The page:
McDowell Valley was designated and approved as an American viticultural appellation on January 4, 1982, one of the earliest viticultural regions so designated by the United States Bureau of Alcohol, Tobacco and Firearms (BATF). It is one of only two single winery appellations in California. Among other features of the valley, the BATF designation recognized the distinctiveness of McDowell’s history, microclimate, topography and soils. The Federal Register summarizes the BATF designation in this way:
“McDowell Valley is a natural, sheltered valley surrounded by mountain ranges, including some which rise sharply to elevations of over 2,500 feet above sea level. McDowell Creek drains the valley and flows into the Russian River system. There is an upper elevation contour of 1,000 feet around the valley which effectively contains an area of ‘gravelly-loam’ alluvial soils. The surrounding slopes are composed of non-alluvial upland soils which are unsuitable for vineyards.
The valley has temperatures consistently warmer during the spring frost season and cooler during the summer growing season than most Mendocino and Lake County areas. The name originated with an early settler, Paxton A. McDowell, who settled in the area about 1852. Historical use of the name for the area dates from 1872., (T.D.-ATF-97)”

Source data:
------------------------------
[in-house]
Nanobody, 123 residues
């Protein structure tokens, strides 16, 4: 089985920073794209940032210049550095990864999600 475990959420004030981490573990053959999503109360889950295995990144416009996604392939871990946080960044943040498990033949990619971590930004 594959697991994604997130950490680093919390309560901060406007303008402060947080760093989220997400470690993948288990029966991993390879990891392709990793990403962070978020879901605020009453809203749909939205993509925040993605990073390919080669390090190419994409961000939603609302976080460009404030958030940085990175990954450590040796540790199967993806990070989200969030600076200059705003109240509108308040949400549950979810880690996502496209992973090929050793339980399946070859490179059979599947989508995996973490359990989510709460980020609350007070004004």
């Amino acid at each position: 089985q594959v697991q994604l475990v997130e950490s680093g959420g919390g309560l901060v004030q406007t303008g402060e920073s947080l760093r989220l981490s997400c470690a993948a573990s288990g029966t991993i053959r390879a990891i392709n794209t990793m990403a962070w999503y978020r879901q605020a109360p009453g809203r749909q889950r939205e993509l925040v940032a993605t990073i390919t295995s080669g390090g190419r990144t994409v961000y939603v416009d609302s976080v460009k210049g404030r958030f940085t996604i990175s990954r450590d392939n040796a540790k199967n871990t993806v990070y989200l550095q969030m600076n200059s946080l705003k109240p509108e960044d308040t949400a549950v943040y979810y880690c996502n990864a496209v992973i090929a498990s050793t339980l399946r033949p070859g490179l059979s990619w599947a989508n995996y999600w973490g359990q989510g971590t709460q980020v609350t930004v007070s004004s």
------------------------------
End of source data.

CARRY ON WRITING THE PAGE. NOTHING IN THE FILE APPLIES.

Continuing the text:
The valley is flanked by deep canyons to the east and west which provide conditions to draw breezes inward from the Pacific Ocean to moderate temperatures. This coastal maritime weather pattern produces warmer temperatures during the frost season when the vine experiences bud break and berry set; subsequent summer temperatures are cooler than surrounding valleys which allows a longer growing season. This inland coastal climate is particularly well suited to Sauvignon Blanc, Cabernet Sauvignon, Zinfandel, and Rhône varietals.
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